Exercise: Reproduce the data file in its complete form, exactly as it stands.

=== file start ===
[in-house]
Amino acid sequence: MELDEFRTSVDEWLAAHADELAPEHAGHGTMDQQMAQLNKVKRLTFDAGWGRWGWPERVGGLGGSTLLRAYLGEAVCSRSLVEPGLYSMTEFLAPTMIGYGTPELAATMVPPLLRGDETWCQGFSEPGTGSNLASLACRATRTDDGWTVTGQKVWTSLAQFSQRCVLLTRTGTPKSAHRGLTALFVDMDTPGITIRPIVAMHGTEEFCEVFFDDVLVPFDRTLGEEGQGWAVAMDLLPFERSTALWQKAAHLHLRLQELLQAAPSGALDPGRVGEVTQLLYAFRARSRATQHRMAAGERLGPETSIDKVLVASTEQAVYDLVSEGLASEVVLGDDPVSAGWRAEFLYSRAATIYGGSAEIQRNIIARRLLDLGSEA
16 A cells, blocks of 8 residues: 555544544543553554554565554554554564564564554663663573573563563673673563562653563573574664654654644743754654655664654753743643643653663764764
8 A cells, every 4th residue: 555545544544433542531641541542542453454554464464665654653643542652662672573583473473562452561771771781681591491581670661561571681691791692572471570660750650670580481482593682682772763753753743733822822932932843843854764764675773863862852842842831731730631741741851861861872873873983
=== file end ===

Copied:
[in-house]
Amino acid sequence: MELDEFRTSVDEWLAAHADELAPEHAGHGTMDQQMAQLNKVKRLTFDAGWGRWGWPERVGGLGGSTLLRAYLGEAVCSRSLVEPGLYSMTEFLAPTMIGYGTPELAATMVPPLLRGDETWCQGFSEPGTGSNLASLACRATRTDDGWTVTGQKVWTSLAQFSQRCVLLTRTGTPKSAHRGLTALFVDMDTPGITIRPIVAMHGTEEFCEVFFDDVLVPFDRTLGEEGQGWAVAMDLLPFERSTALWQKAAHLHLRLQELLQAAPSGALDPGRVGEVTQLLYAFRARSRATQHRMAAGERLGPETSIDKVLVASTEQAVYDLVSEGLASEVVLGDDPVSAGWRAEFLYSRAATIYGGSAEIQRNIIARRLLDLGSEA
16 A cells, blocks of 8 residues: 555544544543553554554565554554554564564564554663663573573563563673673563562653563573574664654654644743754654655664654753743643643653663764764
8 A cells, every 4th residue: 555545544544433542531641541542542453454554464464665654653643542652662672573583473473562452561771771781681591491581670661561571681691791692572471570660750650670580481482593682682772763753753743733822822932932843843854764764675773863862852842842831731730631741741851861861872873873983